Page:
- There are a few exceptions, though time is running out for some. Depending on your age, you may have a window of opportunity. First, a person at least age 66 can continue to file and suspend until April 29, 2016. By doing so, your spouse and qualifying family members may be eligible to receive benefits after the law becomes effective. Plus you can continue to receive delayed retirement credits for up to four years. Clearly, if you are 66 or older and intend to do this, you should start the process soon. Second, people who are 62 or older as of the end of this year are grandfathered and will not be subject to the expanded deeming rules. This means that if you filed (or filed and suspended) for your own retirement benefits (or do so in the next six months), your spouse can still file a restricted application for just spousal benefits. But to qualify for this exception, your spouse will need to be at least 62 by the end of 2015. Deeming will not apply to a widow or widower, who will still be able to claim a survivor benefit while deferring individual retirement benefits and letting them rise in value. This assumes the survivor has not already filed for individual retirement benefits. It also assumes that benefit would be larger than the survivor benefit -- otherwise, there would be no reason to defer and later switch.
- What happens after the six months are up? After the new rules take effect, if you voluntarily suspend your benefit (which now can only be done after reaching age 66) you will not be able to claim benefits based on anyone else’s earnings record and no one will be able to claim benefits based on your record. This will have a significant effect on decisions people need to make about when to claim their benefits. It also will sharply reduce the ability to claim ancillary benefits for spouses, dependent children and others. The changes also will end the option to suspend your benefits and later claim a cumulative lump-sum, or retroactive payment, equal to all of your suspended benefits. If you suspend your benefits before the end of April, however, you can still unsuspend them and collect retroactive payments. For those who have already suspended benefits, you can get retroactive payments for up to one day shy of four years. If you do not claim a retroactive payment, you can continue to earn delayed retirement credits for up to four years.
- Why did the Social Security changes happen so suddenly? Good question. Instead of holding a public debate, Congress tacked these changes onto an emergency bill to avoid a U.S. debt default, bail out Medicare from enormous premium increases next year, and extend the life of Social Security’s disability insurance program, which had been scheduled to run out of money in less than a year. There was no public evaluation or discussion of these changes, and there are still no publicly identified authors of these reforms.
- Are online tools available to help me sort out a new claiming strategy? Many online advice tools are still being updated. Two leading providers of Social Security claiming software, Maximize My Social Security and Social Security Solutions, have posted partial explanations of the changes and urged people to proceed carefully before making any new claiming decisions. Social Security has not yet posted any notice about the changes on its public site. It is expected to update its formal rules, but this process could take some time.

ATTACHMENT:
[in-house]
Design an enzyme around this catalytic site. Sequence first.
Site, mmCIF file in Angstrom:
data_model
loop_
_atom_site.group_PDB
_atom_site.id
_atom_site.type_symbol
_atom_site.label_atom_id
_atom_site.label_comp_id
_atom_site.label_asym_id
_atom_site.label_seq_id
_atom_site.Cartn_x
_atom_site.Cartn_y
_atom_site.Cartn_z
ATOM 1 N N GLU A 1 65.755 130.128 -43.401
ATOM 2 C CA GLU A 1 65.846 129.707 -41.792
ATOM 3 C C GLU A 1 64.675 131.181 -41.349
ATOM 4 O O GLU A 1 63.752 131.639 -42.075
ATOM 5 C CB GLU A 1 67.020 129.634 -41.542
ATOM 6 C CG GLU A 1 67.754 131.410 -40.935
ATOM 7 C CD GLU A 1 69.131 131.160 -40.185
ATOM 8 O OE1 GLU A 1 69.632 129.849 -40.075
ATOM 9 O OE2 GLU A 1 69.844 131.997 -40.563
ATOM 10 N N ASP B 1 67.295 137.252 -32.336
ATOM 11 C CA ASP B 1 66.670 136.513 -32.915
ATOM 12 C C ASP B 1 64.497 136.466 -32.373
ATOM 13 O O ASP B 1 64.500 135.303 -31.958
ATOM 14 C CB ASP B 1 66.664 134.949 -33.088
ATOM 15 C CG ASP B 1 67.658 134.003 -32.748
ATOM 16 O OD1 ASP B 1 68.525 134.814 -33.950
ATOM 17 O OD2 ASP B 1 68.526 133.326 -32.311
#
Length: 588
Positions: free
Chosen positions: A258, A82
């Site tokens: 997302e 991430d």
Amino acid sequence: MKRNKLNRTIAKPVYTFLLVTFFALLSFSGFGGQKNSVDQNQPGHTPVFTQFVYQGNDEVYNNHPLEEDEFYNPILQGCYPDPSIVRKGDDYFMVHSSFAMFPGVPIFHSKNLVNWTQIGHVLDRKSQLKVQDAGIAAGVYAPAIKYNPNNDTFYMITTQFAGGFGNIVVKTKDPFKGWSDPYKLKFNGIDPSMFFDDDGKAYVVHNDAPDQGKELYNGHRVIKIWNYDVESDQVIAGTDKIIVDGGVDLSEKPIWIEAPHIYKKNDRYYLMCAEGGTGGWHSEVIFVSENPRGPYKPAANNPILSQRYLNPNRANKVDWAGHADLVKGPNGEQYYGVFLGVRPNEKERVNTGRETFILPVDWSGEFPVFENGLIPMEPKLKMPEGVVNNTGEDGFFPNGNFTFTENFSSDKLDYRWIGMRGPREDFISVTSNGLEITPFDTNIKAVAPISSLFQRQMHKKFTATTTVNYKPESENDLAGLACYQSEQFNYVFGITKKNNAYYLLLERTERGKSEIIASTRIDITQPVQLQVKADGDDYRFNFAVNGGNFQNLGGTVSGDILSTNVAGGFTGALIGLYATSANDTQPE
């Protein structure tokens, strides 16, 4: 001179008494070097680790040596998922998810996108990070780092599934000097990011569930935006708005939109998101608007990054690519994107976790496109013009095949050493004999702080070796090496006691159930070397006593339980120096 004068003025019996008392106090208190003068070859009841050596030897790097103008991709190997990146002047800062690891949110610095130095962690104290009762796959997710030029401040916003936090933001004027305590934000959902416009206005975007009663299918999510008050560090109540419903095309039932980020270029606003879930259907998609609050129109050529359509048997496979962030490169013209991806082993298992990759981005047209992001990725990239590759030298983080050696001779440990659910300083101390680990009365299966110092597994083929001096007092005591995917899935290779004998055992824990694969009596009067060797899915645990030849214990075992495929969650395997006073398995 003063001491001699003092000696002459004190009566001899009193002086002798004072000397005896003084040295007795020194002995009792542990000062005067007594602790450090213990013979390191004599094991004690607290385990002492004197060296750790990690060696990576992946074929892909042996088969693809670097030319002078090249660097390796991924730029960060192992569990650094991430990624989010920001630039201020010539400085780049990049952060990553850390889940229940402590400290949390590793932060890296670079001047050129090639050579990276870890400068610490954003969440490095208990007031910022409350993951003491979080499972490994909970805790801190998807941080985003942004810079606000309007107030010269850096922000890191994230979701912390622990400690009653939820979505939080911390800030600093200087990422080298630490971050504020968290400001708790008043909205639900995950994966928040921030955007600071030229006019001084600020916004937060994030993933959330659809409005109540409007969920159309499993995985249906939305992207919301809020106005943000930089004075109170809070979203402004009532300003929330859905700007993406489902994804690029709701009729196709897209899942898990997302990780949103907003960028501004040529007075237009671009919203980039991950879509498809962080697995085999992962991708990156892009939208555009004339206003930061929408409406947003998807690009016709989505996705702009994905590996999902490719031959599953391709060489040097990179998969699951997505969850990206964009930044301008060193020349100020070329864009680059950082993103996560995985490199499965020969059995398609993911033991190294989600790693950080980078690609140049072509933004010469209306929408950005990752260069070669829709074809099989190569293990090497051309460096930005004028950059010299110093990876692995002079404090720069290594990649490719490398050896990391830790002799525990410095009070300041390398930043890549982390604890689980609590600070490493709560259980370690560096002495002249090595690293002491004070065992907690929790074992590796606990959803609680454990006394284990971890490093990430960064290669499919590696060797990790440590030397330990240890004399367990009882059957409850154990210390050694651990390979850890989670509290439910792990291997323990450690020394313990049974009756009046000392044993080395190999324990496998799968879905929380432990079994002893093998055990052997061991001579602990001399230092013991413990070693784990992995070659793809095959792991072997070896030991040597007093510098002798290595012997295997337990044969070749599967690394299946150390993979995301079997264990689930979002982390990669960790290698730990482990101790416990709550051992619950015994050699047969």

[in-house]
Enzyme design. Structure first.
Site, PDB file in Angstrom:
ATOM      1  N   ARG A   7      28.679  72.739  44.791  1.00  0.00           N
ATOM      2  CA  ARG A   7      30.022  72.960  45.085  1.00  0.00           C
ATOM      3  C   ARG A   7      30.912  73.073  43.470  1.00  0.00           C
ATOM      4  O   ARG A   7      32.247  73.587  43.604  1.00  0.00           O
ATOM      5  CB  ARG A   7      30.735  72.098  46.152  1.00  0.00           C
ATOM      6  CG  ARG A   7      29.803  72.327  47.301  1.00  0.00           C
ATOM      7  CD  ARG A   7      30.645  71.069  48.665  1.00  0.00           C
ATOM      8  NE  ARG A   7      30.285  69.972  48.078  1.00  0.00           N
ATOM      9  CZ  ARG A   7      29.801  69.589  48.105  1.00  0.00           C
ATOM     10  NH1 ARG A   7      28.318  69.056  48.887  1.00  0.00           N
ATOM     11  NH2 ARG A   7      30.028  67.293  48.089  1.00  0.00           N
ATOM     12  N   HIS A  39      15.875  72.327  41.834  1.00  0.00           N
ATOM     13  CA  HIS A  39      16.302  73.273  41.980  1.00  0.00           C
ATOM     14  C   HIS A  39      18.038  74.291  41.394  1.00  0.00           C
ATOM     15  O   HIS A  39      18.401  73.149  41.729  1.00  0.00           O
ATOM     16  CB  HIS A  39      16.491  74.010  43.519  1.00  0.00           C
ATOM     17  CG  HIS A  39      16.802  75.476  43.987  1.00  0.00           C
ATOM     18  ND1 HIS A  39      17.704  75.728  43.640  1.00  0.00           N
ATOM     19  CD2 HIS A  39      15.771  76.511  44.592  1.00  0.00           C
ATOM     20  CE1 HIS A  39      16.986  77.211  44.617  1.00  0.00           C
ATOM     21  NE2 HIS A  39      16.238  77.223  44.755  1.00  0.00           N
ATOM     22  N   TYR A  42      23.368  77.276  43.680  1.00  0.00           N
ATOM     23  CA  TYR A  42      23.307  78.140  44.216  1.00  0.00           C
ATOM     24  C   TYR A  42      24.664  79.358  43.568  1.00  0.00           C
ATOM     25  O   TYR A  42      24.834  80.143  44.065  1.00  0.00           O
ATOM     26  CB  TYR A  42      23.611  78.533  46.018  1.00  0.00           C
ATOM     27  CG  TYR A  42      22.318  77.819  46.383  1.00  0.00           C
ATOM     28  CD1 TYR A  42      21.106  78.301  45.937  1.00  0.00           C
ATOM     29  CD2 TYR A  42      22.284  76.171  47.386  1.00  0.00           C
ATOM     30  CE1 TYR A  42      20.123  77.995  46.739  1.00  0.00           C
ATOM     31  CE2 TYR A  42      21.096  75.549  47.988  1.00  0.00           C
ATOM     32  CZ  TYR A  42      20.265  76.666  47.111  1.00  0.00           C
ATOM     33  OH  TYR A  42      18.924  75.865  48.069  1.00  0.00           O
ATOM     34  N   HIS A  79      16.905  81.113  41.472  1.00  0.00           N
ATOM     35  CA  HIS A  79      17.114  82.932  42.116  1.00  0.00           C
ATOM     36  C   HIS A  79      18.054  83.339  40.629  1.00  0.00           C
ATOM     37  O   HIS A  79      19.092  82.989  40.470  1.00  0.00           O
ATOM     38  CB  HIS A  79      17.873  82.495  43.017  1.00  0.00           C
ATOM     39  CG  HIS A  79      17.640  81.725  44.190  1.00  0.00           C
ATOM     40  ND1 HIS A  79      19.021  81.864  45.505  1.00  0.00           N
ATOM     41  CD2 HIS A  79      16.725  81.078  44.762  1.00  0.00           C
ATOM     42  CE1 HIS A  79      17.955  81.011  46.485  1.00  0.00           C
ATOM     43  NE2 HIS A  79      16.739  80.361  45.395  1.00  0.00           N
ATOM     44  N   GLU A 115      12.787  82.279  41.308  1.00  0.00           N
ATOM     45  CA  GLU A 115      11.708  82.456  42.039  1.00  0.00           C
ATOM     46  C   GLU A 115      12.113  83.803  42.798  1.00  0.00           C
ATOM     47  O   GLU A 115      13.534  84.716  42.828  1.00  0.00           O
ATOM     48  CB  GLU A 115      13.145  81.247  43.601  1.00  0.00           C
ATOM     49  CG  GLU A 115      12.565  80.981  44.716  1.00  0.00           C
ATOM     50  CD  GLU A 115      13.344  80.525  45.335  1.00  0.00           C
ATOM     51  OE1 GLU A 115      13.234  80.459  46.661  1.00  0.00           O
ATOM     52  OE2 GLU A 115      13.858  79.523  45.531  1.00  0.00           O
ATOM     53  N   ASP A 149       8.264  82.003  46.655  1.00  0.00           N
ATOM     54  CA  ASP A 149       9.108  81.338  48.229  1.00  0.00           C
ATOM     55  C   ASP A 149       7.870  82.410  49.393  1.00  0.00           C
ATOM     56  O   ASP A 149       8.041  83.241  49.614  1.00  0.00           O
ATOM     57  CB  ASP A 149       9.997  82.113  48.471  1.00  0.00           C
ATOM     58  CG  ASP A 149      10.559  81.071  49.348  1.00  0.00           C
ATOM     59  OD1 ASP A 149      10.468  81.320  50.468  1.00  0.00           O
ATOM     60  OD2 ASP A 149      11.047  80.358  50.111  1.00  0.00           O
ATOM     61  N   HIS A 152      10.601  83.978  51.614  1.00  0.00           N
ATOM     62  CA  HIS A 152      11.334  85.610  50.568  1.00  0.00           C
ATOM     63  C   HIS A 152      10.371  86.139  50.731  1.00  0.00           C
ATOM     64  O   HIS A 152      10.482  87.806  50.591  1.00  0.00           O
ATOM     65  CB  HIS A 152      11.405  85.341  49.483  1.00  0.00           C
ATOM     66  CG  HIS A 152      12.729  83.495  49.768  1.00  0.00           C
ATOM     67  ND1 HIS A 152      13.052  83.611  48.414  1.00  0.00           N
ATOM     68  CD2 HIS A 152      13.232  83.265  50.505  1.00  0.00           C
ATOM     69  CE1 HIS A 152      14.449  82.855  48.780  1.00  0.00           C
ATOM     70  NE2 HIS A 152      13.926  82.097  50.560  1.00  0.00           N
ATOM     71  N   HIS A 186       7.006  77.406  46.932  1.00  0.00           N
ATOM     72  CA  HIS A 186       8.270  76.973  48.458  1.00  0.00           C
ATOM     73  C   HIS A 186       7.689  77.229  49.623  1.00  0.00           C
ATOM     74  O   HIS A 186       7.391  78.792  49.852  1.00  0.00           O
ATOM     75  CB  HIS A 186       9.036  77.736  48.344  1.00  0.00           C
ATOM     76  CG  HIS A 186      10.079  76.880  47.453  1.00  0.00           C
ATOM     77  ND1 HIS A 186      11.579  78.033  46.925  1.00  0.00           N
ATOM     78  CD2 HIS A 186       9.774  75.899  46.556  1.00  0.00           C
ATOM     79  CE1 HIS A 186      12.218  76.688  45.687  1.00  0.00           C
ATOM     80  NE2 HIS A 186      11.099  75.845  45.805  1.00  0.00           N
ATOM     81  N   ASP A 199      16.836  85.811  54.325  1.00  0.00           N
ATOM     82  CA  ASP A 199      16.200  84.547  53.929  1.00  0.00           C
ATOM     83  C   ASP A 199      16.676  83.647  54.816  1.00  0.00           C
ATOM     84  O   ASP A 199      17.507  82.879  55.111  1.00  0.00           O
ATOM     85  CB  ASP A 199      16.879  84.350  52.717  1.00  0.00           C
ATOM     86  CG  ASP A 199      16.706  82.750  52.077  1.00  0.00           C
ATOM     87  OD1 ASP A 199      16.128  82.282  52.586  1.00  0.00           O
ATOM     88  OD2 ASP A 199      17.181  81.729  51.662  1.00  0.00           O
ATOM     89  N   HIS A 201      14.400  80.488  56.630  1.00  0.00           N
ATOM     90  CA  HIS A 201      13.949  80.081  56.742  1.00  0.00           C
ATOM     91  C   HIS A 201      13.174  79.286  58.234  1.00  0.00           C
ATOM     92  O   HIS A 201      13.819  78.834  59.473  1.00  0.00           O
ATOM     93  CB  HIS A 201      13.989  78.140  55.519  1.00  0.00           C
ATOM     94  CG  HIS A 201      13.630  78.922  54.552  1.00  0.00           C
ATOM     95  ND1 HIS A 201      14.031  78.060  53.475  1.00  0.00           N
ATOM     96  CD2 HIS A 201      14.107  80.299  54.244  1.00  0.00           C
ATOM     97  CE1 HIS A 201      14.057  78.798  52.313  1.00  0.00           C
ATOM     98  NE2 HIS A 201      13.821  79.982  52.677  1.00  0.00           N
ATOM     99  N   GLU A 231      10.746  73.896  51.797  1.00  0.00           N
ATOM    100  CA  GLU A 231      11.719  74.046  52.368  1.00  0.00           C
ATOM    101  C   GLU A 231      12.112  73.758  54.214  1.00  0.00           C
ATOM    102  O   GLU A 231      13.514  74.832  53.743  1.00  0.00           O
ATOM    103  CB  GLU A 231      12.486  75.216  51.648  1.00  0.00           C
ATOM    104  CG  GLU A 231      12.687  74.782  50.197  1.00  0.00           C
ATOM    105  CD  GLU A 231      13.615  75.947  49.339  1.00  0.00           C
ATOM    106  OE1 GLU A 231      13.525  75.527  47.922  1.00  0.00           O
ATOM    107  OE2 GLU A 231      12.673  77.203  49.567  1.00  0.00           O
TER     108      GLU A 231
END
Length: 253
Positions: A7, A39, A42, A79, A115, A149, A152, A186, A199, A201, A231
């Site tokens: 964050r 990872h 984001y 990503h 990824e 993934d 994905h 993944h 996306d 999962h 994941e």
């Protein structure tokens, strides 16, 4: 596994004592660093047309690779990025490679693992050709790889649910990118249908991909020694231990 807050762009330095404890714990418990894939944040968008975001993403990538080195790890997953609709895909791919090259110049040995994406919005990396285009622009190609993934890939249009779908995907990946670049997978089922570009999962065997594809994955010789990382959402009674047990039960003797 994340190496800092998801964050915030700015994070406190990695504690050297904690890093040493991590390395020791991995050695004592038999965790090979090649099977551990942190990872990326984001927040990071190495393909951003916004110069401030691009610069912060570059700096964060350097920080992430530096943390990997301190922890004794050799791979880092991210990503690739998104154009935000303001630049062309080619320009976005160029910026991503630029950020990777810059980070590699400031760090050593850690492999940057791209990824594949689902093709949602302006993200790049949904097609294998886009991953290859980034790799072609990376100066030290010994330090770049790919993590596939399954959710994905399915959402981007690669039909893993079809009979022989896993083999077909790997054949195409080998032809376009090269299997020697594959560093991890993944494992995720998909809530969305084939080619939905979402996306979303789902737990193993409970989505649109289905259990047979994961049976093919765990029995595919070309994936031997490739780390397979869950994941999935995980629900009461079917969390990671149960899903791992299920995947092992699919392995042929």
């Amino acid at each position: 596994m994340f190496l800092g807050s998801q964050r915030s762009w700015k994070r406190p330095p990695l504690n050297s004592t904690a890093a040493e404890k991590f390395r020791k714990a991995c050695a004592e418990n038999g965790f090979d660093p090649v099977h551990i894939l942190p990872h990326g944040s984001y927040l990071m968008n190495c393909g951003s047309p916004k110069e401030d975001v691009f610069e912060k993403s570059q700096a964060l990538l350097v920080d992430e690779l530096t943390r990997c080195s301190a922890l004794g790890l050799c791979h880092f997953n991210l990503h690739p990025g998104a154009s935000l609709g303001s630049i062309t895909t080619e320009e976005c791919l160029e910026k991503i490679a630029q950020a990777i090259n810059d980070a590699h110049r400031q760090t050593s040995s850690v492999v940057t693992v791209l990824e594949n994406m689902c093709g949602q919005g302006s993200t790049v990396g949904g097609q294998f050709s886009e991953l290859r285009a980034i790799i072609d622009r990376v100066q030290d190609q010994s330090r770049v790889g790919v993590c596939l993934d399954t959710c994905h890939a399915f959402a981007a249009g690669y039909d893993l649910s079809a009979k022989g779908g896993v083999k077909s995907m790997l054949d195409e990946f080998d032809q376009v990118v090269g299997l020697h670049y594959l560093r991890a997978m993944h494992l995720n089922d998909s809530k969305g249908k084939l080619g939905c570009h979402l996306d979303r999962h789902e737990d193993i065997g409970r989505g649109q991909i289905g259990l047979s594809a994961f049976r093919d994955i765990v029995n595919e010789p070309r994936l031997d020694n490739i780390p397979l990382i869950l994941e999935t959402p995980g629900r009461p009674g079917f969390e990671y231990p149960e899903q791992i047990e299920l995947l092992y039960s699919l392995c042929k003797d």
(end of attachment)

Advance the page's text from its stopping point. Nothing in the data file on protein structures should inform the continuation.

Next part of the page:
3. STATE AND LOCAL GOVERNMENTS’ FISCAL OUTLOOK: 2015 UPDATE: State and local government sector continues to face fiscal challenges that contribute to the nation’s overall fiscal challenges, according to an analysis by the Government Accountability Office. In its report, State and Local Governments’ Fiscal Outlook 2015 Update, GAO’s simulations suggest that the sector could continue to face a gap between revenue and spending during the next 50 years, and that state and local governments would need to make substantial policy changes to avoid these fiscal imbalances in the future. The simulation assumes that the tax structure is unchanged in the future and that the provision of real government services per capita remains relatively constant. In the long term, the model suggests that at current rates, total tax revenues for the sector -- as a percentage of gross domestic product will not return to the 2007 historical high until 2047. This long term outlook reflects an increase in state and local tax receipts in recent years. Specifically, from the second quarter of 2009 to the second quarter of 2015, total tax receipts increased 14% in real dollars. Income and sales taxes accounted for most of the growth, increasing 37% and 18% respectively, in real dollar terms during the same period. Furthermore, during the last year, from the second quarter of 2014 to the second quarter of 2015, total tax receipts increased 3% and income tax receipts increased 10% in real dollars. However, real estate values remain suppressed and property tax receipts continued to lag, decreasing 3% in real dollars from the second quarter of 2009 to the second quarter of 2015. A primary driver of the sector’s operating balance in the long term is the rising health-related costs of state and local expenditures on Medicaid and the cost of health care compensation for state and local government employees and retirees. Since most state and local governments are required to balance their operating budgets, the fiscal conditions indicated by GAO’s simulations continue to suggest that the sector would need to make substantial policy changes to avoid fiscal imbalances in the future. That is, absent any intervention or policy changes, state and local governments are facing, and will continue to face, a gap between receipts and expenditures in the coming years. Declines in state and local pension asset values stemming from the 2007 to 2009 economic recession could also affect the sector’s long-term fiscal position. Using real dollars, pension asset values increased almost 4% from 2013 through 2014, from approximately $2.82 trillion in 2013 to $2.92 trillion in 2014. Pension assets for 2014 now exceed the 2007 historical high of $2.91 trillion. In our past work, we reported that while most state and local government pension plans have assets sufficient to cover benefit payments to retirees for a decade or more, plans have experienced a growing gap between assets and liabilities. In response to this gap, state and local governments are taking steps to manage their pension obligations, including reducing benefits and increasing employees’ contributions. GAO-16-260SP.